Helen McCarthy also generously gave me an interview at this year's Comica, which you can read at the Wall Street Journal's 'Speakeasy' blog right here.
Tuesday, 24 November 2009
Thursday, 19 November 2009
Comica isn’t your average comics festival. Despite being the most prominent such event to take place in the UK’s capital, it has far more in common with European festivals and small press expos than colossal commercial ventures like Comic-Con. Having run annually since 2003 at the influential London Institute of Contemporary Art, Comica provides a platform for comics creators to discuss their work and their art form in an environment that privileges artistic vision and creative innovation over Hollywood-courting and corporate-owned properties.
I sat down with the man behind the festival, comics impresario Paul Gravett, to find out what makes Comica so special.
Simon Hacking: What do you think it is that makes Comica different from other comics festivals across the country and across the world?
Paul Gravett: Well, there are some fairly big differences. Most of the bigger festivals around the country tend to focus on the mainstream and the mass market, and particularly on the mainstream fan audience. Essentially they are based around, above all, having a lot of dealers’ tables, publishers’ tables, having a big hall where lots of people can come and buy stuff, and we don’t do that. [That’s] probably because we haven’t got the space here at the ICA, but also the rationale from the beginning of Comica was to have more events, talks and interesting encounters taking comics out of their somewhat self-contained world. So, for example, in the past we’ve had people like Art Spiegelman talking with Philip Pullman, we’ve had Posy Simmonds talking to Ian McEwan, or we’ve had Charles Burns talking to Jonathan Ross. Those kinds of bridges that we can build across to other celebrities, other media, enable us to bring in an audience that is curious and maybe goes “well I don’t know much about so-and-so, but maybe this’ll be a way in to it”. That has always been my point of view, because [comics] shouldn’t be locked away, double-bagged in Mylar snugs.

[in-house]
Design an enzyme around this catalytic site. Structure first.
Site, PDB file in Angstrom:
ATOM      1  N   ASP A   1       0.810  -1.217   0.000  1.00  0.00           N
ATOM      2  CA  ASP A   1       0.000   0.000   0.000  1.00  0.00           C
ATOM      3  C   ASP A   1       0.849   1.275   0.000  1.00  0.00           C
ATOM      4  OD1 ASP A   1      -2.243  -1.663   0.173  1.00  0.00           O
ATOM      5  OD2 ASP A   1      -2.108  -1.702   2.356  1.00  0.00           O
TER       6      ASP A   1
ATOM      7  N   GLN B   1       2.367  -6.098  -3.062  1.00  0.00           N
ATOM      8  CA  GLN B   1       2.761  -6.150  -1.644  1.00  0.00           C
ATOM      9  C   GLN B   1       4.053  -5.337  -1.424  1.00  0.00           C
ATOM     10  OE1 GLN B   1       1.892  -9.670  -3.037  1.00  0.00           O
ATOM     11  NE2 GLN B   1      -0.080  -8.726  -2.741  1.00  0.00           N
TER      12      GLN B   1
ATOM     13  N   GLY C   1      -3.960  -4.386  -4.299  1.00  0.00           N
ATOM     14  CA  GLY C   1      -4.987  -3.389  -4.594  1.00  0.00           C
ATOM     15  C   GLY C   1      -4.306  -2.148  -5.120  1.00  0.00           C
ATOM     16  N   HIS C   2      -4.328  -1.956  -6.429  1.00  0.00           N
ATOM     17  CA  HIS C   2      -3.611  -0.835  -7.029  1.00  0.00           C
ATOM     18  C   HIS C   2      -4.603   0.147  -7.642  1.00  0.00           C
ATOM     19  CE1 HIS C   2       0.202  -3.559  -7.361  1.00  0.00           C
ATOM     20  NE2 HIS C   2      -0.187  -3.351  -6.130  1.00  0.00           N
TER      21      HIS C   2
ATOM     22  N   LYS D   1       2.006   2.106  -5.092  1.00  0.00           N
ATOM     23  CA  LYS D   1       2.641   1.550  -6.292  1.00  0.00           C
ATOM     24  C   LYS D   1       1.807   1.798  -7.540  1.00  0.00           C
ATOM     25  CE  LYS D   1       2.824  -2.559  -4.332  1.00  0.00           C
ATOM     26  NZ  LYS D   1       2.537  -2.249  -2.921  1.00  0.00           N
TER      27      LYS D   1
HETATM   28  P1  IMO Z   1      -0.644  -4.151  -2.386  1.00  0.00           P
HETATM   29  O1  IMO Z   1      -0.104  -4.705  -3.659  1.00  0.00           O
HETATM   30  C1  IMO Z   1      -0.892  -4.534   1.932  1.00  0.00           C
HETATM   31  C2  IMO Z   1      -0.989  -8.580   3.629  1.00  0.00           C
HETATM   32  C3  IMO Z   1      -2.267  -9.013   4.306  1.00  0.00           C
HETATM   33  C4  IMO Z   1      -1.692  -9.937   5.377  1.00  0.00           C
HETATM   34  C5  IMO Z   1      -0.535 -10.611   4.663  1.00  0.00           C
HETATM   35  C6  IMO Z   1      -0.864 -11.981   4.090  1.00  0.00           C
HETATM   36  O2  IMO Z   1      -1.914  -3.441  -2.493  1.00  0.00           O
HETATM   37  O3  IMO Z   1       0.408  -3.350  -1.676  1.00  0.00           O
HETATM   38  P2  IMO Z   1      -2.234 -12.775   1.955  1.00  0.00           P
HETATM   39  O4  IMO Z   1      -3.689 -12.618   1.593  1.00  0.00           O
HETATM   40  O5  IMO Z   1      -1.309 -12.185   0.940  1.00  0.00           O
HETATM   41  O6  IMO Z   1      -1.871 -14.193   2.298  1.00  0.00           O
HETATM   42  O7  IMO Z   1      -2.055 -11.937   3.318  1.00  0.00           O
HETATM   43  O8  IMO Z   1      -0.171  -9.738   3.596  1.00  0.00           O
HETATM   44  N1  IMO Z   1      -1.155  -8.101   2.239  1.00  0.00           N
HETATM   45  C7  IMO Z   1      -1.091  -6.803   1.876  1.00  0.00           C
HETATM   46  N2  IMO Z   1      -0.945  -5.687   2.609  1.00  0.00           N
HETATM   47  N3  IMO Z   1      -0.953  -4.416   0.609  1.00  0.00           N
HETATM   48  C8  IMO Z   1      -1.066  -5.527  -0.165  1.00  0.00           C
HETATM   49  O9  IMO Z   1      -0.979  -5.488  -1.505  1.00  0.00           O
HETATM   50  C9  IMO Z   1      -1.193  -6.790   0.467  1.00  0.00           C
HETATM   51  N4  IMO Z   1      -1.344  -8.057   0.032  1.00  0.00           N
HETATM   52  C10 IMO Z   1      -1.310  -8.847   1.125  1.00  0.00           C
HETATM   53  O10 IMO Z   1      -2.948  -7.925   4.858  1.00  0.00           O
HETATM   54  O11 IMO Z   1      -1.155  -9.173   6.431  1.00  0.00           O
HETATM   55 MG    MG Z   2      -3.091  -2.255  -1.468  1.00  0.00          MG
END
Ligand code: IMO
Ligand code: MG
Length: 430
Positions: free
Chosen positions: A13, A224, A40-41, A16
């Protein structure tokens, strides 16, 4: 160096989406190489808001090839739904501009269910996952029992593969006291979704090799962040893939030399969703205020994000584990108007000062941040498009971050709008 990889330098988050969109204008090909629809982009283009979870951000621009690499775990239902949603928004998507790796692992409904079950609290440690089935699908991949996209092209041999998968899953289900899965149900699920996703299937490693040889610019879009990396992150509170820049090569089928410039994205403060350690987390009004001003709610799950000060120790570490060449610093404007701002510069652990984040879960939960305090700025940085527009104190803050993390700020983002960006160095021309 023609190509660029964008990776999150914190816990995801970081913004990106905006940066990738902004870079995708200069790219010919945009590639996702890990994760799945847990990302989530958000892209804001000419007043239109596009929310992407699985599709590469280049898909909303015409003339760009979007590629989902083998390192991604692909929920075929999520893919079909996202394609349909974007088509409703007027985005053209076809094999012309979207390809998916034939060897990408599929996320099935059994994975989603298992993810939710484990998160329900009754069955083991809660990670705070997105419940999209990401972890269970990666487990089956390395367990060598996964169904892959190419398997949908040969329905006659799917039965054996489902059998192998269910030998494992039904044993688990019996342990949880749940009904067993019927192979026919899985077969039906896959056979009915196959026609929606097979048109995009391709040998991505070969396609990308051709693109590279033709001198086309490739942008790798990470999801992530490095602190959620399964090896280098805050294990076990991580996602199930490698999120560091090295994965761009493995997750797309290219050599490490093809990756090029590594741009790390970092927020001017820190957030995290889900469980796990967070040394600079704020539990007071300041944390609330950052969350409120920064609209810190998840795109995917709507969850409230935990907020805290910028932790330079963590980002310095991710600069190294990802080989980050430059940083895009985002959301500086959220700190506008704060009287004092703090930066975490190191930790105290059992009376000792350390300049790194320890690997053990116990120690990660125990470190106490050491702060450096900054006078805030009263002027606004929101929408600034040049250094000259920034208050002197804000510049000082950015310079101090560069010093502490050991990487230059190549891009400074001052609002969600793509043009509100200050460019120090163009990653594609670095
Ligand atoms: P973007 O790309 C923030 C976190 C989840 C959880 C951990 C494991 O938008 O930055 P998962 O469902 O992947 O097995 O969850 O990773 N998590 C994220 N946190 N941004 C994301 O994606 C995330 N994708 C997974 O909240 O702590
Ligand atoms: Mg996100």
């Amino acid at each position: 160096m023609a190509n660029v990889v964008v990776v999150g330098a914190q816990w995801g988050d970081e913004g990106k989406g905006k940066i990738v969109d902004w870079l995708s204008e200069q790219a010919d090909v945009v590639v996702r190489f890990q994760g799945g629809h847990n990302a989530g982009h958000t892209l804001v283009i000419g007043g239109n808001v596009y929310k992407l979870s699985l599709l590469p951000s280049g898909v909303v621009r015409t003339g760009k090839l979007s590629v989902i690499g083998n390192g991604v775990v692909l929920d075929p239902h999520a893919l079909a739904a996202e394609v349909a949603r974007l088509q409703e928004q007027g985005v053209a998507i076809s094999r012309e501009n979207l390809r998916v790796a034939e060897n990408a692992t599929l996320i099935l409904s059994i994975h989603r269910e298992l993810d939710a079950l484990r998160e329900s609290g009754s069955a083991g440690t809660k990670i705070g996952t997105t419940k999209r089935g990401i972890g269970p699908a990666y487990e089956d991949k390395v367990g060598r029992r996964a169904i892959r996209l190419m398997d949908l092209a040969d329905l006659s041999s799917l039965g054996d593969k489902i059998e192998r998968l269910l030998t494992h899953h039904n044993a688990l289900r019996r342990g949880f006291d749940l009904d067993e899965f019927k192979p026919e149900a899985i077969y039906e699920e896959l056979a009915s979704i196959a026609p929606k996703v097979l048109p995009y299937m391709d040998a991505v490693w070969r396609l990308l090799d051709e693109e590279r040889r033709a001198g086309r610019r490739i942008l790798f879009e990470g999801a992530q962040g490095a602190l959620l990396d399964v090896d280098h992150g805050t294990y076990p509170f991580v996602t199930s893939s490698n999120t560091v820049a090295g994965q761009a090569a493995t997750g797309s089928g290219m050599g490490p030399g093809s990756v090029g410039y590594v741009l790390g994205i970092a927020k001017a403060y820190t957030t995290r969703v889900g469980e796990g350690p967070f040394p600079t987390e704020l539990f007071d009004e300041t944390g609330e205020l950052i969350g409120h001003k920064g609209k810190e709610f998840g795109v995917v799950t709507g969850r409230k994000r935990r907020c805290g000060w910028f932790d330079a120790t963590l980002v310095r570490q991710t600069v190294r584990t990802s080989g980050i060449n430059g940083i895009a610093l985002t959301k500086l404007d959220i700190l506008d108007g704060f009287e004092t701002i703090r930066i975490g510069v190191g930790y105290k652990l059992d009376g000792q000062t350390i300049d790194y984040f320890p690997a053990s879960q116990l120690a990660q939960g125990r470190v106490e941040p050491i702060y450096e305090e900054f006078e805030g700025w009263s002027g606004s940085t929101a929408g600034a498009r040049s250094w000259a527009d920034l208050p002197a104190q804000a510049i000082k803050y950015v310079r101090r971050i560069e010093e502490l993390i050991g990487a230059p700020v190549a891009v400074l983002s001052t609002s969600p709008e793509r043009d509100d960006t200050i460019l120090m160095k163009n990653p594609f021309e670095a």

Why is it important that Comica exists now? What is it about current comics culture that demands a festival like Comica?
I think there’s a need for something that tries to look outside, to look ahead and to be alert to what’s happening internationally. This is not an unusual festival if you look at comics festivals around the world. There are small but very creative, director-driven festivals. There has been this idea in the past, perhaps, that Comica was a rather elitist or “arty-farty” festival, and that it ignored the mainstream. We don’t ignore the mainstream, but I think probably we do somewhat downplay it, because otherwise it does tend to swamp everything. So we’ve had Alan Moore and Dave Gibbons [in previous years], and at [this year’s] festival we’ve got people like James Jean and Ben Templesmith and Cameron Stewart who are brilliant mainstream comic artists, but we invite these people because we think they are the most interesting, the most innovative [creators working in comics at the moment].
How do you think the comics scene in the UK compares to that of the US?
Of course the two major [US] publishers Marvel and DC are employing quite a few British creators, and quite rightly they’ve gone off to work for the almighty dollar. There isn’t enough of an industry here in the UK. We’ve been let down by our two biggest publishers, [who] historically were Thomson up in Dundee, [who publish] the Beano and the Dandy, and Fleetway/IPC/Egmont in London. Neither of them have really been terribly innovative or moved with the times a great deal, and they’ve lost ground inevitably to the success of videogames and other attractions for kids, and really haven’t been able to keep pace. If you look at other countries though, whether it’s Japan or France, the fact is, the medium there has blossomed incredibly, and that does come from a combination of people. The readers have to be alert to it, but the publishers also have to be alert and say “we need to do this”. There are a lot of smaller, independent outfits doing brilliant stuff though, and of course there’s a big, healthy scene for small press where a lot of great things in Britain are emerging. You wouldn’t have something like ‘Viz’, for example, or [Jamie Hewlett’s] Tank Girl without them coming out of the small press and underground circles. The other important thing, obviously, is that the advent of the graphic novel has enabled the major publishers like Jonathan Cape and Bloomsbury and Faber & Faber and many others to move in and give comics a whole new profile.